NOTE: All of this, and developing information is in the process of being shifted to bleufalcon.org…)
A great deal more has been researched to expand reference to “Lower South Cobb County” beyond the initial look at Vinings. (1.) There is strong historic and archaeological indications of at least 20 to 25 sites that have never fully been documented along the Chattahoochee River from Sope Creek near Roswell to Sandtown below Peachtree Creek; (2.) “Standing Peachtree” was a series of smaller villages that extended over the same area ; and (3.) Many of identified sites suggest tantalizing connection to “Etowah” period mound-building (circa 800 to 1200) Indians prior to subsequent Creek Indians, followed finally by Cherokee before final removal.
It is further firming “theory” that the archaeological opportunities to document these evidences have largely been irretrievably squandered by development or mis-management within Cobb County. However, some evidences are being recovered and documented from a scattering of locations, and there may still be trace evidences, near-site, of definitive value remaining. Once a sufficient cumulative reference is complied, a small scale survey effort is being prepared for submission to the Georgia Dept. of Natural Resources and appropriate authorities to authenticate, as much as possible, the provenances previously suggested.
Vinings Indian evidence follows the piecing of one of these lesser settlements within the “Standing Peachtree” complex of smaller villages. particularly in the very latter period of Cherokee proximity to white settlement and trade, while carrying on an agricultural and commerce activities – better known. These included bottom land cultivation, trade, a road-house/inn (later assumed by Pace), and a river ferry known as Harris Ferry (prior to, and in a different location that the later Pace Perry). This would have preceded removal (1838), and become more evident after Creek granting of lands across the river to Georgia in 1821. A relatively brief period of some 15 to 17 years.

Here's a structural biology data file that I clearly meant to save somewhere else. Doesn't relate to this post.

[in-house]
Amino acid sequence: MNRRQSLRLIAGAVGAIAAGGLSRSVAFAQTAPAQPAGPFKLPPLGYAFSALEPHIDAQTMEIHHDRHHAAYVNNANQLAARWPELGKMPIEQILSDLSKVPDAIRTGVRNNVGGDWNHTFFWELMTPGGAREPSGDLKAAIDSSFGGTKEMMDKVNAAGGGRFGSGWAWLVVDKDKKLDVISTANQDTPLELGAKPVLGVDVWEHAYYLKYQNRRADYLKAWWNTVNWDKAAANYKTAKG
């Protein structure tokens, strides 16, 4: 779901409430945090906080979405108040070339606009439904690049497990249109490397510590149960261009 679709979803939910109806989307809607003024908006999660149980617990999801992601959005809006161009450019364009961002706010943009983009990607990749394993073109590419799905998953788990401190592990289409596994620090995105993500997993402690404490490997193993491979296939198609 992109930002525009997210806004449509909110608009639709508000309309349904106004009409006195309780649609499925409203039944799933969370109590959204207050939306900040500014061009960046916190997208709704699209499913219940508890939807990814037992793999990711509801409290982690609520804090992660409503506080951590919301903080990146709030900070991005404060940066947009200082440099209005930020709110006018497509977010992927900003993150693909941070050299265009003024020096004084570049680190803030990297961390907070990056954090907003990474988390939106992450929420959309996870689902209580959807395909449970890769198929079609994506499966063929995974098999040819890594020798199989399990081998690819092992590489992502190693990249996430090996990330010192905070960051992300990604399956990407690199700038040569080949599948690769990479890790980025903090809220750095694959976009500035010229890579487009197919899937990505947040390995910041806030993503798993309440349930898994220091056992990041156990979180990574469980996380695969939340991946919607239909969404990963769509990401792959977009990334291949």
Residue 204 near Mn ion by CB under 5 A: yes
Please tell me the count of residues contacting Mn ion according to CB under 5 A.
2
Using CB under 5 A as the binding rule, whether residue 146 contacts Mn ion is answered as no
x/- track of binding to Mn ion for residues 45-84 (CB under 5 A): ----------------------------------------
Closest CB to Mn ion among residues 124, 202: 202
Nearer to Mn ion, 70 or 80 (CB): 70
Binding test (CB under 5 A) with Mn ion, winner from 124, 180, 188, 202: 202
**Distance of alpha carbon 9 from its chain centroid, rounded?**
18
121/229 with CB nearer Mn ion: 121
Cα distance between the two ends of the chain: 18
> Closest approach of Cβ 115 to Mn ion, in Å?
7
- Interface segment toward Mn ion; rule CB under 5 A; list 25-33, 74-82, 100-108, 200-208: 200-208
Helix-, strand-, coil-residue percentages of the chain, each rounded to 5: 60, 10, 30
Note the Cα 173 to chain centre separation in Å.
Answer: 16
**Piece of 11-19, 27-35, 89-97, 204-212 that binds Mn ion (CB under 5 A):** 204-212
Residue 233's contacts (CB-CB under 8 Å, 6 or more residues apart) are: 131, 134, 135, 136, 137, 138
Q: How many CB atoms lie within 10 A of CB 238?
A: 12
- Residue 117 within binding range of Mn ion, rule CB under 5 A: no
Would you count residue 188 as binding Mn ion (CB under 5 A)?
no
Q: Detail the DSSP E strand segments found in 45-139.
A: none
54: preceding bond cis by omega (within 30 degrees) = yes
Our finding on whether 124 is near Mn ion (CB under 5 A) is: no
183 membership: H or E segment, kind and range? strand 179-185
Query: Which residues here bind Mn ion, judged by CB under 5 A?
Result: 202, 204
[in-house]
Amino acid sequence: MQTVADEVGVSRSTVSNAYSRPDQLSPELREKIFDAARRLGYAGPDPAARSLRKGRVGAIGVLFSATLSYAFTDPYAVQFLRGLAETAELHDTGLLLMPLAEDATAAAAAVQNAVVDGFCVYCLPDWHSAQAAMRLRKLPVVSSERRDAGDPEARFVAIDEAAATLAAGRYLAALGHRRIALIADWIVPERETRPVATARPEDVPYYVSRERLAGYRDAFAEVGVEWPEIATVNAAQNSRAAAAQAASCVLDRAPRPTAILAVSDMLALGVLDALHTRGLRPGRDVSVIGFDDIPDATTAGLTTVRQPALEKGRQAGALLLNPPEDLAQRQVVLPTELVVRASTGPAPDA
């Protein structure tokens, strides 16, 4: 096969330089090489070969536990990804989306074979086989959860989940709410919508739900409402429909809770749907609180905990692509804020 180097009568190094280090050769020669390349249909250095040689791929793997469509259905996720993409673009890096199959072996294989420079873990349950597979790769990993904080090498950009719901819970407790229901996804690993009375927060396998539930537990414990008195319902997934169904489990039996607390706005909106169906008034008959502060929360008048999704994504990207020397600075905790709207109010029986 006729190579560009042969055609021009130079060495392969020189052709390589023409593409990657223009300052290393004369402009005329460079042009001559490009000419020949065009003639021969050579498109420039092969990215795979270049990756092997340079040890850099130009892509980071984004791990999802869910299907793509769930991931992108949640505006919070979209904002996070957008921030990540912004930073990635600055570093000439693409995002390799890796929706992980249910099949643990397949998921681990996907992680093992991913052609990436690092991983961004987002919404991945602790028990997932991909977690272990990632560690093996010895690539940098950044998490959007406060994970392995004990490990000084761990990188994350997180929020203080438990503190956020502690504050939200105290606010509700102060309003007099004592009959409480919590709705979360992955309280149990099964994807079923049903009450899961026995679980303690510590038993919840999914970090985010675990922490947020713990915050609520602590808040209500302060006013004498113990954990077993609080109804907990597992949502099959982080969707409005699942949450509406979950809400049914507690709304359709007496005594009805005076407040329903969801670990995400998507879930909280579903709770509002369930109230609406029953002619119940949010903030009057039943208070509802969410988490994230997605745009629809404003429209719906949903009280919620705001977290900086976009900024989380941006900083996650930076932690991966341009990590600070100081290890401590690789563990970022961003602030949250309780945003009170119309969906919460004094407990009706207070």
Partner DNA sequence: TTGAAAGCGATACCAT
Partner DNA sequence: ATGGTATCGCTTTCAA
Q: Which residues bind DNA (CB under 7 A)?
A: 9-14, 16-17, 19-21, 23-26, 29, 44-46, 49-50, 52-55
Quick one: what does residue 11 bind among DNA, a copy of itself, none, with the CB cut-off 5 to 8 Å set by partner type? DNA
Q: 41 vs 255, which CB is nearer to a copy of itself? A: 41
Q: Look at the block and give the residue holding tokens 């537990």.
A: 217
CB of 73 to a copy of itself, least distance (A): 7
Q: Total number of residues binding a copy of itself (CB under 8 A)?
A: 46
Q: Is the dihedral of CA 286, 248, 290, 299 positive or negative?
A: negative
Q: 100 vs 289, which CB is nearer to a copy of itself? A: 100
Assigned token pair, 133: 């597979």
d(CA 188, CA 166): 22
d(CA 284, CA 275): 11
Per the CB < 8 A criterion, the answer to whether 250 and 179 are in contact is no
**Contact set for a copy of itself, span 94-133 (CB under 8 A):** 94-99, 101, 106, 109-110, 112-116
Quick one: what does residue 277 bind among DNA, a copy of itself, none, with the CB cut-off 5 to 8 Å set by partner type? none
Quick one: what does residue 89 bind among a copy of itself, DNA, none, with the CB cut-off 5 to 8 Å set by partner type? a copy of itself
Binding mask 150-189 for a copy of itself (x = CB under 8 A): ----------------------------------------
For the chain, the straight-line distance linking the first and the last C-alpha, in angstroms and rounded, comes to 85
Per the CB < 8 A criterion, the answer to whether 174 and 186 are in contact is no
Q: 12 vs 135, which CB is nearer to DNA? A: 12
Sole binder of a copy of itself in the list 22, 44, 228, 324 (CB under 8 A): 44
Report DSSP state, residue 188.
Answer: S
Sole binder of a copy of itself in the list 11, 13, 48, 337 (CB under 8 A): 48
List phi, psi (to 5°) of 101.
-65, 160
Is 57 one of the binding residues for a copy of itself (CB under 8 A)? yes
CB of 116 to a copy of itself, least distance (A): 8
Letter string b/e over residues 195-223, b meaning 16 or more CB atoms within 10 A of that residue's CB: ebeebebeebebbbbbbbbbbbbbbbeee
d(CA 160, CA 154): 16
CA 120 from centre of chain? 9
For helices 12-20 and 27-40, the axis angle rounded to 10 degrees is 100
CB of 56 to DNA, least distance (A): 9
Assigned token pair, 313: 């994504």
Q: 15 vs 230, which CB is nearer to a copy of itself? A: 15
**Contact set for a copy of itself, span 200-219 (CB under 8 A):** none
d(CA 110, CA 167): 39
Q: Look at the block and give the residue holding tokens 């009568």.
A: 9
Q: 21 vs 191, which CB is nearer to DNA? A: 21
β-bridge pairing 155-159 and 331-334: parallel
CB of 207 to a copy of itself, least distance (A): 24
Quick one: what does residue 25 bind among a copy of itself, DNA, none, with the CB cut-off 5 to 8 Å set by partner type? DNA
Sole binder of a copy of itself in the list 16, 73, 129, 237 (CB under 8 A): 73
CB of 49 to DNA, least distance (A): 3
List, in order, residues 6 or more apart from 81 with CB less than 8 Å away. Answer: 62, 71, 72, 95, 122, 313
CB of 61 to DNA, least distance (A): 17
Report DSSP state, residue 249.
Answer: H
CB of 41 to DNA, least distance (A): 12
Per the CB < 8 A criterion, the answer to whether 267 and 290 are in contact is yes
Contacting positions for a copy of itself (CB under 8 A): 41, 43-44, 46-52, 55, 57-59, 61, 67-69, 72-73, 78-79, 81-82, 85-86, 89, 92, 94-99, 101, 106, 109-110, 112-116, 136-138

Prior, lands west of the Chattahoochee were considered Creek hunting grounds, with a series of major and minor trails that crossed between settlements and trade in the 18th century. As Creek tribes began to recede ahead of white settlement, the Cherokee (by agreement with same), hunted, traded, and had periodic presents along the river. However, it was understood to be Creek land.
A larger study of the Upper Chattahoochee River Valley is underway, which will attempt to identify the pre-historic traces of location and uses along the river. Therein, may be a deeper story to come…
…and possible scatter near the river:
Any information or assistive interest should be directed to Tony Doyle at firstname.lastname@example.org